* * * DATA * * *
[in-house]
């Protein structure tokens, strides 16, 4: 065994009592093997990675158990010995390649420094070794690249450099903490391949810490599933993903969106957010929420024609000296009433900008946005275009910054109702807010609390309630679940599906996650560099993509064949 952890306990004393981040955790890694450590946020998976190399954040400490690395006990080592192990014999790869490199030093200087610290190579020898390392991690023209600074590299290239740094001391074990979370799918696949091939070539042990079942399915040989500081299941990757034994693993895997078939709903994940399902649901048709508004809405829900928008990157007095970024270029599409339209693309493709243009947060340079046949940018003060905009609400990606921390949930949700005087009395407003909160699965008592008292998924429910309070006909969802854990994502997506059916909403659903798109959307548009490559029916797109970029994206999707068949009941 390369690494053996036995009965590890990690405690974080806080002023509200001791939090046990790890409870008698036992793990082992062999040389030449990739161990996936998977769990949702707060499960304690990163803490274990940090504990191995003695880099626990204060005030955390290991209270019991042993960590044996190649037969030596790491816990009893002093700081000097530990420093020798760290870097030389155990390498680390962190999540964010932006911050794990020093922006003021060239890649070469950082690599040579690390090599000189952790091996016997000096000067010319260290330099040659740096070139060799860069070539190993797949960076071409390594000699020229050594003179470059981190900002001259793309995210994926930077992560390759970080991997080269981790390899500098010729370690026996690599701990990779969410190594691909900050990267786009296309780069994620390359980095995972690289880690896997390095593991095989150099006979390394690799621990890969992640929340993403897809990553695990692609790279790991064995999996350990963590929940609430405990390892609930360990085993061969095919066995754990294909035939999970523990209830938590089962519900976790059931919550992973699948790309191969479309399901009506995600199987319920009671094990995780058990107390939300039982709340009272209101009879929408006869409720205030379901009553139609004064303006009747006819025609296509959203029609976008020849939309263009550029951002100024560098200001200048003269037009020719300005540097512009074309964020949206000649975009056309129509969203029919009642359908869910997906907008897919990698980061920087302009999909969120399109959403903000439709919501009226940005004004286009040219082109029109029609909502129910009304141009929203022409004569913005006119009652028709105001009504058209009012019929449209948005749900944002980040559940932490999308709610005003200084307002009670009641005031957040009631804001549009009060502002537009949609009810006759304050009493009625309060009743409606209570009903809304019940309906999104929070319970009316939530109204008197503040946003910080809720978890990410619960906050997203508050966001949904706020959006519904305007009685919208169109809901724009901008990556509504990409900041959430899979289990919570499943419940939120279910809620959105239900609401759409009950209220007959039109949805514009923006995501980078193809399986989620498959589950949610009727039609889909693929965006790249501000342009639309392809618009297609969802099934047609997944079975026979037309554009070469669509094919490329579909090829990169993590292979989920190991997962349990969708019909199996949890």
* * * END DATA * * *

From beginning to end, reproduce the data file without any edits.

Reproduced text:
[in-house]
């Protein structure tokens, strides 16, 4: 065994009592093997990675158990010995390649420094070794690249450099903490391949810490599933993903969106957010929420024609000296009433900008946005275009910054109702807010609390309630679940599906996650560099993509064949 952890306990004393981040955790890694450590946020998976190399954040400490690395006990080592192990014999790869490199030093200087610290190579020898390392991690023209600074590299290239740094001391074990979370799918696949091939070539042990079942399915040989500081299941990757034994693993895997078939709903994940399902649901048709508004809405829900928008990157007095970024270029599409339209693309493709243009947060340079046949940018003060905009609400990606921390949930949700005087009395407003909160699965008592008292998924429910309070006909969802854990994502997506059916909403659903798109959307548009490559029916797109970029994206999707068949009941 390369690494053996036995009965590890990690405690974080806080002023509200001791939090046990790890409870008698036992793990082992062999040389030449990739161990996936998977769990949702707060499960304690990163803490274990940090504990191995003695880099626990204060005030955390290991209270019991042993960590044996190649037969030596790491816990009893002093700081000097530990420093020798760290870097030389155990390498680390962190999540964010932006911050794990020093922006003021060239890649070469950082690599040579690390090599000189952790091996016997000096000067010319260290330099040659740096070139060799860069070539190993797949960076071409390594000699020229050594003179470059981190900002001259793309995210994926930077992560390759970080991997080269981790390899500098010729370690026996690599701990990779969410190594691909900050990267786009296309780069994620390359980095995972690289880690896997390095593991095989150099006979390394690799621990890969992640929340993403897809990553695990692609790279790991064995999996350990963590929940609430405990390892609930360990085993061969095919066995754990294909035939999970523990209830938590089962519900976790059931919550992973699948790309191969479309399901009506995600199987319920009671094990995780058990107390939300039982709340009272209101009879929408006869409720205030379901009553139609004064303006009747006819025609296509959203029609976008020849939309263009550029951002100024560098200001200048003269037009020719300005540097512009074309964020949206000649975009056309129509969203029919009642359908869910997906907008897919990698980061920087302009999909969120399109959403903000439709919501009226940005004004286009040219082109029109029609909502129910009304141009929203022409004569913005006119009652028709105001009504058209009012019929449209948005749900944002980040559940932490999308709610005003200084307002009670009641005031957040009631804001549009009060502002537009949609009810006759304050009493009625309060009743409606209570009903809304019940309906999104929070319970009316939530109204008197503040946003910080809720978890990410619960906050997203508050966001949904706020959006519904305007009685919208169109809901724009901008990556509504990409900041959430899979289990919570499943419940939120279910809620959105239900609401759409009950209220007959039109949805514009923006995501980078193809399986989620498959589950949610009727039609889909693929965006790249501000342009639309392809618009297609969802099934047609997944079975026979037309554009070469669509094919490329579909090829990169993590292979989920190991997962349990969708019909199996949890």